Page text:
United States District Court, N.D. Illinois, Eastern Division
PHYSICIANS HEALTHSOURCE, INC., an Ohio corporation, individually and on behalf of similarly situated persons, Plaintiffs,
A-S MEDICATION SOLUTIONS, LLC, JAMES BARTA, WALTER HOFF and JOHN DOES 1-10, Defendants.
MEMORANDUM OPINION & ORDER
B. Gottschall United States District Judge.
class action, the plaintiff, Physicians Healthsource, Inc.
(“PHI”), claims that the defendants, primarily
A-S Medication Solutions, LLC (“A-S”),
violated the Telephone Consumer Protection Act of 1991
(“TCPA”), as amended, 47 U.S.C. 227 et.
seq., by sending an advertisement to 11, 422 fax numbers
in 2008. After nearly three years of discovery, the court
certified this case as a class action in September 2016.
Plaintiff sent notice to the class, and PHI then filed a
motion for summary judgment.
briefing on that motion has stalled due to a dispute over the
declarations of putative class members; the declaration of Ya
n i v Schiff (“Schiff”), a designated expert,
dated February 20, 2017; and an accompanying spreadsheet
attached to A-S's Local Rule 56.1(b)(3) statement of
additional facts (“A-S SOF”), ECF No. 227,
(collectively “the disputed evidence”). PHI
contends that A-S violated Federal Rule of Civil Procedure
26(a)(1) and (2) by failing to make disclosures about the
disputed evidence before discovery closed in December 2015
(the date on which discovery closed is disputed, but the
court does not resolve that dispute today). PHI moves under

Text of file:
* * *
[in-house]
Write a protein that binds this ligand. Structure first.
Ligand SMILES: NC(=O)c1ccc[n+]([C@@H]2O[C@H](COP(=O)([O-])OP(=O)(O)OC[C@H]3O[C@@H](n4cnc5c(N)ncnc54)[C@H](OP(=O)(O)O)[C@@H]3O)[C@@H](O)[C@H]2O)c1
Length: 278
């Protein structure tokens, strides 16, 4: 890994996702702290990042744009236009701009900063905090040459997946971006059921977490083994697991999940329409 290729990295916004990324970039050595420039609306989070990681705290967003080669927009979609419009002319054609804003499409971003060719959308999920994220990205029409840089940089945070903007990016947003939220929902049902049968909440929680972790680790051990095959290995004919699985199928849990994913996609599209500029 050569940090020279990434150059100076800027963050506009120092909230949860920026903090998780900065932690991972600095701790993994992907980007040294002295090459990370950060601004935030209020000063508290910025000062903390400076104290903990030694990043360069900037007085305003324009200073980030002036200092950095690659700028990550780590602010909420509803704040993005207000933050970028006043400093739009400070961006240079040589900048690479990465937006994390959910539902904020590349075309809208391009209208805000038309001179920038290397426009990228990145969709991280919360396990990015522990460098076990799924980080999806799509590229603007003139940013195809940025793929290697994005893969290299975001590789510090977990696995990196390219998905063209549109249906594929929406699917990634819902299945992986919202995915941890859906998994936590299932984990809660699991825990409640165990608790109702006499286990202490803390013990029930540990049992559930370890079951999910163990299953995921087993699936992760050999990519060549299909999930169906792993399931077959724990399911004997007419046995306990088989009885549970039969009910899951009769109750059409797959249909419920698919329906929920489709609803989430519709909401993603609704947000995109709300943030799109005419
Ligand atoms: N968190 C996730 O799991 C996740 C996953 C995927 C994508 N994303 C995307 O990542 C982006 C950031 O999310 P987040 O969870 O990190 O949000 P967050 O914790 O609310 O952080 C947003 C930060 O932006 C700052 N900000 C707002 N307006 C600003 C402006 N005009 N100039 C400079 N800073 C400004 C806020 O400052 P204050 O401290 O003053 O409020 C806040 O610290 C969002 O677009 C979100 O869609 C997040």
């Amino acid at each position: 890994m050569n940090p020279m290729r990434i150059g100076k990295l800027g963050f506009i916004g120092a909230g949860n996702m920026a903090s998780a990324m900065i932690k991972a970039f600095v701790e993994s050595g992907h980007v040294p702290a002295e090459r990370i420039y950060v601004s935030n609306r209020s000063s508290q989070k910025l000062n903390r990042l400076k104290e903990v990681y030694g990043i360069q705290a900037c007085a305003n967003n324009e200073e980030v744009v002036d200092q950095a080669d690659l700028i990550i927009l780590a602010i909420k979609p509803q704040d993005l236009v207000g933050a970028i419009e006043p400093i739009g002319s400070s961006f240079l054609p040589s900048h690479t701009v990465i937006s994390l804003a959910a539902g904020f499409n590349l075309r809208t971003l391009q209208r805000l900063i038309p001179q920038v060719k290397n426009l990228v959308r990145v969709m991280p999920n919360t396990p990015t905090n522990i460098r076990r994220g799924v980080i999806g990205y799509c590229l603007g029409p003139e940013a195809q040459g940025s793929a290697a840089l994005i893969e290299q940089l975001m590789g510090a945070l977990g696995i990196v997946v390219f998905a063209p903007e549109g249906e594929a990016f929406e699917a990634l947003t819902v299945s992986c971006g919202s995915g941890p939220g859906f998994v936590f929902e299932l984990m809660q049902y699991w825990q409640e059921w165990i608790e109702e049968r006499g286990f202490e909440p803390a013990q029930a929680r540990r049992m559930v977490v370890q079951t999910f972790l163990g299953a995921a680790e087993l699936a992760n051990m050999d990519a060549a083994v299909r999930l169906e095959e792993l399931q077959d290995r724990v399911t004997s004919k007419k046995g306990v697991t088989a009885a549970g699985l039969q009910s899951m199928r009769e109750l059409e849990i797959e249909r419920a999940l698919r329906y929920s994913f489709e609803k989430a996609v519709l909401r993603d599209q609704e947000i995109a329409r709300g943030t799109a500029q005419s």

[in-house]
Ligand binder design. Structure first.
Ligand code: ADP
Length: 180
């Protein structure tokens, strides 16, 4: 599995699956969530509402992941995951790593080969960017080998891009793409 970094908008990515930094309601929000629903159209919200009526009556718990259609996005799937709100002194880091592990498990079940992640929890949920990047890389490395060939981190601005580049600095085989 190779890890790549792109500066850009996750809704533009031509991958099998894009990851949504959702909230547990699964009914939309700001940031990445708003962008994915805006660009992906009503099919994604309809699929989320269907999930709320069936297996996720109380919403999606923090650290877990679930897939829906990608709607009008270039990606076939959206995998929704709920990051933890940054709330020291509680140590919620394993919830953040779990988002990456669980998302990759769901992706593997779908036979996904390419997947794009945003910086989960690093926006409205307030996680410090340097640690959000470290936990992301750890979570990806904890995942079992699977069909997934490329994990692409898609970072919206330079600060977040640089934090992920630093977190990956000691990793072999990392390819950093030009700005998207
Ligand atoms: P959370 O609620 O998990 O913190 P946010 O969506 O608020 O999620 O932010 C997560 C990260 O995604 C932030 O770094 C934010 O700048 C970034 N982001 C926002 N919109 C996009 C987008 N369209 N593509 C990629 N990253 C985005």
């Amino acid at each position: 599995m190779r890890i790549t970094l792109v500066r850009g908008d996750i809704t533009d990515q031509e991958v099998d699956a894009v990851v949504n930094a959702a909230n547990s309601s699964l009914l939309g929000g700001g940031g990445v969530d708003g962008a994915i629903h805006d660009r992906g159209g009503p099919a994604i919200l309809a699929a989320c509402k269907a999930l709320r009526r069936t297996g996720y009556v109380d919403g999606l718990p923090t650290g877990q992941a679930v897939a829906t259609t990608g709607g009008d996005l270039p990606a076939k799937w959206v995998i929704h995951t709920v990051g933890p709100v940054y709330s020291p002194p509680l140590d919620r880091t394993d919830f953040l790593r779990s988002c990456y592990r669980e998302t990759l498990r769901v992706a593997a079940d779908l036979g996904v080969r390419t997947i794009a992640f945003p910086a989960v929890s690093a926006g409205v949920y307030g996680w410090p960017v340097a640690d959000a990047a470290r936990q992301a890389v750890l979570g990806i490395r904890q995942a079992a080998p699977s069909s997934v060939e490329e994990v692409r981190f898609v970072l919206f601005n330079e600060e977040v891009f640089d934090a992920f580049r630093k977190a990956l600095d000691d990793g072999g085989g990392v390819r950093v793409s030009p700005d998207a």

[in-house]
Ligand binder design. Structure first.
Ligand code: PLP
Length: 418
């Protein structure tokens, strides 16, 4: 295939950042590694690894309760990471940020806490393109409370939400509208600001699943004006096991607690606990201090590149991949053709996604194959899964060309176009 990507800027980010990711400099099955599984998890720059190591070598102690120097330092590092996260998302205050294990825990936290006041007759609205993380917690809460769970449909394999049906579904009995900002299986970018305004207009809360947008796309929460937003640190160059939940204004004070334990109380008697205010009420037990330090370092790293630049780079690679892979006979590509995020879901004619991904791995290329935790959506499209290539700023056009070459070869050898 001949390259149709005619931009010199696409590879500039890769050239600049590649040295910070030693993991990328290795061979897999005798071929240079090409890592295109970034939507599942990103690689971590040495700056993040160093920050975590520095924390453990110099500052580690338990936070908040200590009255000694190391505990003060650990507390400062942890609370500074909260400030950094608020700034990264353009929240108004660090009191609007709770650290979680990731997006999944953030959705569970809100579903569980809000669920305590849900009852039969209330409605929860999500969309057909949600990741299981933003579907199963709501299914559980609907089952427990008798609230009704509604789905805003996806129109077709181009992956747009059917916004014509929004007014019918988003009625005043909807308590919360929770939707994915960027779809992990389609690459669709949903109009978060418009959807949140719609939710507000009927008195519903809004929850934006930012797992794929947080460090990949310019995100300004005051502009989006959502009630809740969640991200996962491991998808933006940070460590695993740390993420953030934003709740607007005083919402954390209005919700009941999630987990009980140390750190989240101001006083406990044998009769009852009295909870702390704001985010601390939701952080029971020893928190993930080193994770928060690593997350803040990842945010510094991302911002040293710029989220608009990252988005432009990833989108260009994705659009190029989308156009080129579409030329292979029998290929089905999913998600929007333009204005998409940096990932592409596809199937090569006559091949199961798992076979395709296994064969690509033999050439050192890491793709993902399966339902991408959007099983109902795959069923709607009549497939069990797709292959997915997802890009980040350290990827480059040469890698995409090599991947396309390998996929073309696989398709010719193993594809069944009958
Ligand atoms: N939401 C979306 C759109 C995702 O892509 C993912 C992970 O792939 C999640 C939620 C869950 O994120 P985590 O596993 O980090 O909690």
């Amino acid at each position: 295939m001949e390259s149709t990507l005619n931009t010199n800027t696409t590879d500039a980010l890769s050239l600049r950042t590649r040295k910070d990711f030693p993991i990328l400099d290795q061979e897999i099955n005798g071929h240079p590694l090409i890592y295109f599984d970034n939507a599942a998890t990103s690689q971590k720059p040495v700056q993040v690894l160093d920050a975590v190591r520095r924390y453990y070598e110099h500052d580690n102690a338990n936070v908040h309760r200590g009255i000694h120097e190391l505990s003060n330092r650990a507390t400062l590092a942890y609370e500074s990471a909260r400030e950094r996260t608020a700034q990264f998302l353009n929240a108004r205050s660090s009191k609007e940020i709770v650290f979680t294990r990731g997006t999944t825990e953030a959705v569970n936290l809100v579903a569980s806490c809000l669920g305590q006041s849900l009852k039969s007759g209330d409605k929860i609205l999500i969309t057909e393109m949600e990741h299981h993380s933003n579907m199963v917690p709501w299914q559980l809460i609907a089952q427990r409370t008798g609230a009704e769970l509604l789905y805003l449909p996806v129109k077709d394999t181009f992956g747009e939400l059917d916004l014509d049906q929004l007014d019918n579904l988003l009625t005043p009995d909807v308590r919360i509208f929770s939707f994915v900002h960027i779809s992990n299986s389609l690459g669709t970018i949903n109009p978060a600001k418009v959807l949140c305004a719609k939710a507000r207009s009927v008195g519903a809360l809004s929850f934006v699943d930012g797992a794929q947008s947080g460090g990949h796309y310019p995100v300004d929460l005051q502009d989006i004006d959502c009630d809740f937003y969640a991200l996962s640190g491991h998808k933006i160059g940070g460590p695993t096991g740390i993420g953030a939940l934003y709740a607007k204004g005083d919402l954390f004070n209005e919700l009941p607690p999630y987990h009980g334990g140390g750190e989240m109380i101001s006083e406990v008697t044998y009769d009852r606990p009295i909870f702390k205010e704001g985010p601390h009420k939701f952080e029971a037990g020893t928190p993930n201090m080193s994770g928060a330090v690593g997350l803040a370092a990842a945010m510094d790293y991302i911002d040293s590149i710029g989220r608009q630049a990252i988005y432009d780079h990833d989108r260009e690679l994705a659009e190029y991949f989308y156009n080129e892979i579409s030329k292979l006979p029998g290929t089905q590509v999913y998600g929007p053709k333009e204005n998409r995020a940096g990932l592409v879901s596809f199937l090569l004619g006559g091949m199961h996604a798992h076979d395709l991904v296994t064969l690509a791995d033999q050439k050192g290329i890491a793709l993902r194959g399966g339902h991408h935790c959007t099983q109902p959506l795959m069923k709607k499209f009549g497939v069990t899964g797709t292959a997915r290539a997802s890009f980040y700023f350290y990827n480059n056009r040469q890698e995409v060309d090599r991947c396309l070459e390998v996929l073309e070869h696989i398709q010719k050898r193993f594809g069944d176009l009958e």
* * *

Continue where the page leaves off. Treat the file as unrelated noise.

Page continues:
Rule 37(c)(1) to strike the disputed evidence and the
portions of A-S's summary judgment response that refer to
the disputed evidence. As explained below, any nondisclosure
was harmless under Rule 37(c)(1) because PHI was complicit in
bringing about the only prejudice it claims to have suffered.
Accordingly, the court denies PHI's motion to strike.
two initial rounds of motion practice on the sufficiency of
the complaint, PHI filed its amended complaint, ECF No. 38,
and first motion for class certification, ECF No. 39, on
April 2, 2013. Discovery began, and the court referred the
case to the assigned magistrate judge for discovery
supervision on September 4, 2013. ECF No. 51. The court
entered an order on November 26, 2013, denying the first
motion for class certification without prejudice. ECF No. 57.
The order stated that “[a]s Rule 23 discovery is
ongoing in this case, Plaintiff's Motion to certify class
is denied without prejudice, in the interest of judicial
economy.” Id. (citation omitted).
continued. See, e.g., Status Report & Proposed
Schedule, Mar. 14, 2014, ECF No. 62; Am. Protective Order,
May 14, 2014, ECF No. 75. A-S's third motion to compel
culminated in the entry of an order by the magistrate judge
on September 18, 2014. That order provided: